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Rendell Vs. Went (inspector of Taxes). - Court Judgment

LegalCrystal Citation
SubjectDirect Taxation
CourtKolkata High Court
Decided On
Reported in[1964]51ITR168(Cal)
AppellantRendell
RespondentWent (inspector of Taxes).
Cases ReferredEvans Medical Supplies Ltd. v. Moriarty.
Excerpt:
- .....defence of the taxpayer was anything other than the provision of a benefit for the taxpayer. the expense incurred by the company in providing that benefit was pounds 641, and section 161 requires that that sum should be treated in effect as money paid by the company in respect of expenses, which throws it into the ambit of section 160, and since in this case no part if spent by the director could be described as expenses necessarily incurred by him as such, it will all fall to be taxed as emoluments of his office. there is no justification in my view for the suggestion that either the word 'in' or the word 'for' in section 161 somehow import the possibility of analysing the purpose or motive of the company making the expenditure. so far as the alternative suggestion is concerned,.....
Judgment:
DONOVAN L.J., giving the first judgment : I agree with the special commissioners in this case. The company clearly incurred an expense, namely, the sum of Pounds 641. That expense was incurred in connection with the provision of a benefit to the taxpayer Rendell, namely, the benefit of being defended by solicitors and counsel on his trial. The conditions precedent to liability specified in section 161 (1) of the Income-tax Act, 1952, are therefore satisfied; and by virtue of section 160 the expense in question has to be treated as a perquisite of the taxpayers office as a director, and included in his emoluments assessable under Schedule E. Against this it is said that if the company incurs the expense primarily in its own interests and only secondarily in the interests of the director then no benefit is provided which the meaning of section 161 (1). This interpretation I am unable to accept. For present purposes I see no sufficient distinction between the case of a company expending money primarily for its own benefit, and the case of a company expending money for its own benefit, which, as a by-product, benefits a director, always assuming that this was part of the companys purpose. The latter kind of expense could not be justified unless there were some benefit to the company.

It is also argued that the taxpayer would not have spent Pounds 641 on his own defence if left to himself. He could and would have spent no more than Pounds 60 or so. Thus he had been saved that sum and no more. Accordingly that sum represents his only benefit, and the charge to tax should be restricted accordingly.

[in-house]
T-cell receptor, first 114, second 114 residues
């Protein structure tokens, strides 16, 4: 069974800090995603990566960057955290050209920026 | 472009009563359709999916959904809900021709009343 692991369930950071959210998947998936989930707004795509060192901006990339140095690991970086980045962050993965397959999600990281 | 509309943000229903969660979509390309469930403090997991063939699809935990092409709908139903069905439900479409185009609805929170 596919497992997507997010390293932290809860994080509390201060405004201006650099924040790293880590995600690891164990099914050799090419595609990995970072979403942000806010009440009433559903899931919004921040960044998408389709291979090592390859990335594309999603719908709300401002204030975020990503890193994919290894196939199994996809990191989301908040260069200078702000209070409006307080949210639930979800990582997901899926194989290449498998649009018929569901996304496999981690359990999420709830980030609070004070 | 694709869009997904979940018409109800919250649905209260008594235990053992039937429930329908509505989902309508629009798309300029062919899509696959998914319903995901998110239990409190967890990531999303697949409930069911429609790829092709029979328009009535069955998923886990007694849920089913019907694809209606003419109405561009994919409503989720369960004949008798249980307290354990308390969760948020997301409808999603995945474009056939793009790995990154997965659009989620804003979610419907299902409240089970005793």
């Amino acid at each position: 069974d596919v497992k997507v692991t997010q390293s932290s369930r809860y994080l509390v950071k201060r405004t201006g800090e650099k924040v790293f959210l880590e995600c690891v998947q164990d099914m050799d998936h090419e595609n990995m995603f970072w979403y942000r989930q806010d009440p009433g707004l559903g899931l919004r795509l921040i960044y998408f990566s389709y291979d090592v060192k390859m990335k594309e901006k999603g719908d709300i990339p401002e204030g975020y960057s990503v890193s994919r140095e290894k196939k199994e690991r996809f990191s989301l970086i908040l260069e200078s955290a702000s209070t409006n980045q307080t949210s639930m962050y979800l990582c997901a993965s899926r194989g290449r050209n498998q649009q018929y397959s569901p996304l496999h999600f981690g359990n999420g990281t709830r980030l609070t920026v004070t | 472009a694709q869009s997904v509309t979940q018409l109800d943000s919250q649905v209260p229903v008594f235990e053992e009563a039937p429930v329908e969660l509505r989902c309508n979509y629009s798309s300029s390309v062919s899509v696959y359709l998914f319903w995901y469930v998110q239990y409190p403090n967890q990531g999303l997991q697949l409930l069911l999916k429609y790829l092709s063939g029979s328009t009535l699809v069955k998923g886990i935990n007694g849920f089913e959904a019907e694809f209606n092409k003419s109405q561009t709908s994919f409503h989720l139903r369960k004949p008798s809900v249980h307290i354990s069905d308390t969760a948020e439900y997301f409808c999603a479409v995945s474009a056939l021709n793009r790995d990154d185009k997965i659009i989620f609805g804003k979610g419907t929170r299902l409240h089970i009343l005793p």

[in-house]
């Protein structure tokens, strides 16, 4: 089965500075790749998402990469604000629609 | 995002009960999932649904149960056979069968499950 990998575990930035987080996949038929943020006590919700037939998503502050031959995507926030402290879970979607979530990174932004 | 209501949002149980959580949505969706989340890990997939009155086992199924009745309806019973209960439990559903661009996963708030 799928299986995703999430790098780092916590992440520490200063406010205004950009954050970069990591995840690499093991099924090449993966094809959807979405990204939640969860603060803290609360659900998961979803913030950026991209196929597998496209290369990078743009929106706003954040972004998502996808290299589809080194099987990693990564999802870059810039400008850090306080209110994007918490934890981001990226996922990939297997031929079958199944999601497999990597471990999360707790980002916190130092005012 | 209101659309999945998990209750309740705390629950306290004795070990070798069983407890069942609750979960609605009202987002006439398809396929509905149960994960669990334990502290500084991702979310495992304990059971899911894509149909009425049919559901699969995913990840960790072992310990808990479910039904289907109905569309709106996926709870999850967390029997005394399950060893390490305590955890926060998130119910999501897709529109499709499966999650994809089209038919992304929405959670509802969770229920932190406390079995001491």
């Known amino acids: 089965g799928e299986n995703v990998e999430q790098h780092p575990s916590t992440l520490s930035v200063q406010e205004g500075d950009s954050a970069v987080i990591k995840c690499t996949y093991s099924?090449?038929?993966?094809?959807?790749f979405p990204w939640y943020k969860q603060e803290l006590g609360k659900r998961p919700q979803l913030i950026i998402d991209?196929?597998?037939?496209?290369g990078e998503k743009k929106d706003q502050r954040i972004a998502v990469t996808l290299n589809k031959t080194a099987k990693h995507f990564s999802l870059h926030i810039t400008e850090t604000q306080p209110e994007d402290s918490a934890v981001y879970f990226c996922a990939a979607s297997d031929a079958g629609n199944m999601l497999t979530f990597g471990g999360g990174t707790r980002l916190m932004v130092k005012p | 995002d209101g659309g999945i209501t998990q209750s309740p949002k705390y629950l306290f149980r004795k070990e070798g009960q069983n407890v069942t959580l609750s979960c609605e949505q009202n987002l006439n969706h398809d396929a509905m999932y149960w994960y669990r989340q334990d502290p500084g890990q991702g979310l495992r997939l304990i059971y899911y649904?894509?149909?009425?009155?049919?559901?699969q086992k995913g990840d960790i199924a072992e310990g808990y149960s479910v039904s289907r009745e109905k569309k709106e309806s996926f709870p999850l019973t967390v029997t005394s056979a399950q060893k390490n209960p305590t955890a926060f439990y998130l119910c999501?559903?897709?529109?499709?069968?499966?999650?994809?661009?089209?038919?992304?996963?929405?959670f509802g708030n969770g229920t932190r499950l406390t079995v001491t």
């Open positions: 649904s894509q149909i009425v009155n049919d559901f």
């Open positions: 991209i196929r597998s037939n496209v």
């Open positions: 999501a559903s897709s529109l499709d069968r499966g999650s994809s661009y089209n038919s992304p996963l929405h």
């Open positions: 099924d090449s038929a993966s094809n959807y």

Section 161 (1), however, does not lay the charge upon the benefit. The combined effect of sections 160 and 161 (1) is to lay the charge upon the sum paid by the company as an expense in connection with the provision of the benefit. At the same time the rather curious language at the end of section 161 (1) gives the director the opportunity to claim a countervailing deduction under Schedule 9, paragraph 7, if the facts justify it. Here, admittedly, they do not; but as a matter of construction I can see nothing in the language of the Act of 1952 which would justify the court in investigating how much of the expense would have been incurred by the director had he been left to provide the benefit, or a corresponding benefit, for himself.

Buckley J. remitted the case to the special commissioners with a direction to discover how much the company would reasonably have incurred for the taxpayers defence. Nobody had suggested that this was the question to be decided and I think that in this respect a slip has probably occurred. Although in the last resort Mr. Bucher would with to retain the judges decision, his real alternative argument before us has been that liability under Schedule E extends only to the sum the taxpayer would have paid out if his defence had been left to himself. Failing this he says that the liability should not exceed tax upon the sum the company would have paid for his defence if the company had no interests of its own to consider. I find this last proposition somewhat elusive, seeing that the company could not properly pay out anything if it had no interests of its own to consider. In any event, however, the true construction of these two sections leaves no room for either of Mr. Buchers interpretations.

Finally it is said for the taxpayer that it is obviously unjust if he has to be saddled with income-tax liability on any extravagant sum that a company might choose to expend on a benefit to a director, notwithstanding that the benefit could have been obtained by him for much less. That may be so, but I do not think this possibility can of itself justify a construction of the Act which would involve writing in a proviso which is not there. Moreover, wanton extravagance of the kind suggested would probably be ultra vires the company and therefore not something to be contemplated by the legislature. Once a benefit has designedly been conferred upon a director, the Act itself prescribes what the measure of liability shall be, namely, the sum expended by the company; and I find nothing in the language of these two sections for dissecting that sum and taxing only so much as the director would have paid himself. For those reasons, I think, this appeal must be allowed and the cross-appeal dismissed.